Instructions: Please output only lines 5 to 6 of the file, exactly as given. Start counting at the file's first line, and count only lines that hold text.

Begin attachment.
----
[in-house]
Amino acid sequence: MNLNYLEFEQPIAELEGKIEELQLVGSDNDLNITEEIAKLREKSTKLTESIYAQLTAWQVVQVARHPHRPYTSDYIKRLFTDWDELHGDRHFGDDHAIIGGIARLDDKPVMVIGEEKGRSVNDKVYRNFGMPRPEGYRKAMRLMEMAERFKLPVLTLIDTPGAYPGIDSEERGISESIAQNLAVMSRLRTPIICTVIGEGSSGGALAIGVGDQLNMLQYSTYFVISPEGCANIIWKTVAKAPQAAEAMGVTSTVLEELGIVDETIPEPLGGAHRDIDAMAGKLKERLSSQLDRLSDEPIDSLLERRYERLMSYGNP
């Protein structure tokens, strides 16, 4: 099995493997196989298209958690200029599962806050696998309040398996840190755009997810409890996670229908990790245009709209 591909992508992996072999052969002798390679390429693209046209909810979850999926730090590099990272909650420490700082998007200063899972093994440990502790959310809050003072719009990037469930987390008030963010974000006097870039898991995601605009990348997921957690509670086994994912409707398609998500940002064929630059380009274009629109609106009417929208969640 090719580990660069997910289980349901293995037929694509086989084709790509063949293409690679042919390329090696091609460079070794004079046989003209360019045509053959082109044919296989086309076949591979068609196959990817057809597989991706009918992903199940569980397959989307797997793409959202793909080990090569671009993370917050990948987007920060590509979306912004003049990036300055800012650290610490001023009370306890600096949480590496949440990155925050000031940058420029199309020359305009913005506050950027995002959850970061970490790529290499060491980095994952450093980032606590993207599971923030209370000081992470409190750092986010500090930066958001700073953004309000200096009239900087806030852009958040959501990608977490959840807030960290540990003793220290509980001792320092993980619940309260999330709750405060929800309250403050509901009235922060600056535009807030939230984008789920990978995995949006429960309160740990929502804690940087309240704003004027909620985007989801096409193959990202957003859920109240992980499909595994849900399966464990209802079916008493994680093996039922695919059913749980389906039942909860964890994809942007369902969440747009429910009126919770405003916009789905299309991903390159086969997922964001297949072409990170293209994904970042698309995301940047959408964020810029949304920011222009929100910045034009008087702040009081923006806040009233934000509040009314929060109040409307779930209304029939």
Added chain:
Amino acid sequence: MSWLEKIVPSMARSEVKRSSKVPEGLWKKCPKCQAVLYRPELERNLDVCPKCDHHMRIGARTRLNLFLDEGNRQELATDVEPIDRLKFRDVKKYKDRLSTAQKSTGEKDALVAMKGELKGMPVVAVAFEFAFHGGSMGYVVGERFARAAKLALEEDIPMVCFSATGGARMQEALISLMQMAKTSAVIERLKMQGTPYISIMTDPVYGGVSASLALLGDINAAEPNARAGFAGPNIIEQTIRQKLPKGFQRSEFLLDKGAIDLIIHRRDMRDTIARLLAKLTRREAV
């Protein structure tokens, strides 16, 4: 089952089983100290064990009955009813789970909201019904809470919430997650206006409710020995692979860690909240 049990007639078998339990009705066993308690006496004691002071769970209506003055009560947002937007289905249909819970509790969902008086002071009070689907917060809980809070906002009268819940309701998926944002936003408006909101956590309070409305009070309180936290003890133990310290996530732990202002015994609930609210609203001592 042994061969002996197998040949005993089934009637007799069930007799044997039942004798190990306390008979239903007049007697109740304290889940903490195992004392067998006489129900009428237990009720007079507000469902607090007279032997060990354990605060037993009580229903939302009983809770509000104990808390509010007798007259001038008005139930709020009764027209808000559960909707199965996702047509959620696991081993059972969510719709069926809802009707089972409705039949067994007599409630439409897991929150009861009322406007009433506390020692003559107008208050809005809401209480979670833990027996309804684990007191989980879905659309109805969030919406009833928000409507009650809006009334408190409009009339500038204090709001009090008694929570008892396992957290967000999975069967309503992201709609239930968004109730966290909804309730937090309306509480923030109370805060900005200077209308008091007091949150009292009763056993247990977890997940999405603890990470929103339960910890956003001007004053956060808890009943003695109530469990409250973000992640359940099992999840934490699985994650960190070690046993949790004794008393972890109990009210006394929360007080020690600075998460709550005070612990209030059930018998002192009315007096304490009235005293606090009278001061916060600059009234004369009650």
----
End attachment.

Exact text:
Amino acid sequence: MSWLEKIVPSMARSEVKRSSKVPEGLWKKCPKCQAVLYRPELERNLDVCPKCDHHMRIGARTRLNLFLDEGNRQELATDVEPIDRLKFRDVKKYKDRLSTAQKSTGEKDALVAMKGELKGMPVVAVAFEFAFHGGSMGYVVGERFARAAKLALEEDIPMVCFSATGGARMQEALISLMQMAKTSAVIERLKMQGTPYISIMTDPVYGGVSASLALLGDINAAEPNARAGFAGPNIIEQTIRQKLPKGFQRSEFLLDKGAIDLIIHRRDMRDTIARLLAKLTRREAV
């Protein structure tokens, strides 16, 4: 089952089983100290064990009955009813789970909201019904809470919430997650206006409710020995692979860690909240 049990007639078998339990009705066993308690006496004691002071769970209506003055009560947002937007289905249909819970509790969902008086002071009070689907917060809980809070906002009268819940309701998926944002936003408006909101956590309070409305009070309180936290003890133990310290996530732990202002015994609930609210609203001592 042994061969002996197998040949005993089934009637007799069930007799044997039942004798190990306390008979239903007049007697109740304290889940903490195992004392067998006489129900009428237990009720007079507000469902607090007279032997060990354990605060037993009580229903939302009983809770509000104990808390509010007798007259001038008005139930709020009764027209808000559960909707199965996702047509959620696991081993059972969510719709069926809802009707089972409705039949067994007599409630439409897991929150009861009322406007009433506390020692003559107008208050809005809401209480979670833990027996309804684990007191989980879905659309109805969030919406009833928000409507009650809006009334408190409009009339500038204090709001009090008694929570008892396992957290967000999975069967309503992201709609239930968004109730966290909804309730937090309306509480923030109370805060900005200077209308008091007091949150009292009763056993247990977890997940999405603890990470929103339960910890956003001007004053956060808890009943003695109530469990409250973000992640359940099992999840934490699985994650960190070690046993949790004794008393972890109990009210006394929360007080020690600075998460709550005070612990209030059930018998002192009315007096304490009235005293606090009278001061916060600059009234004369009650």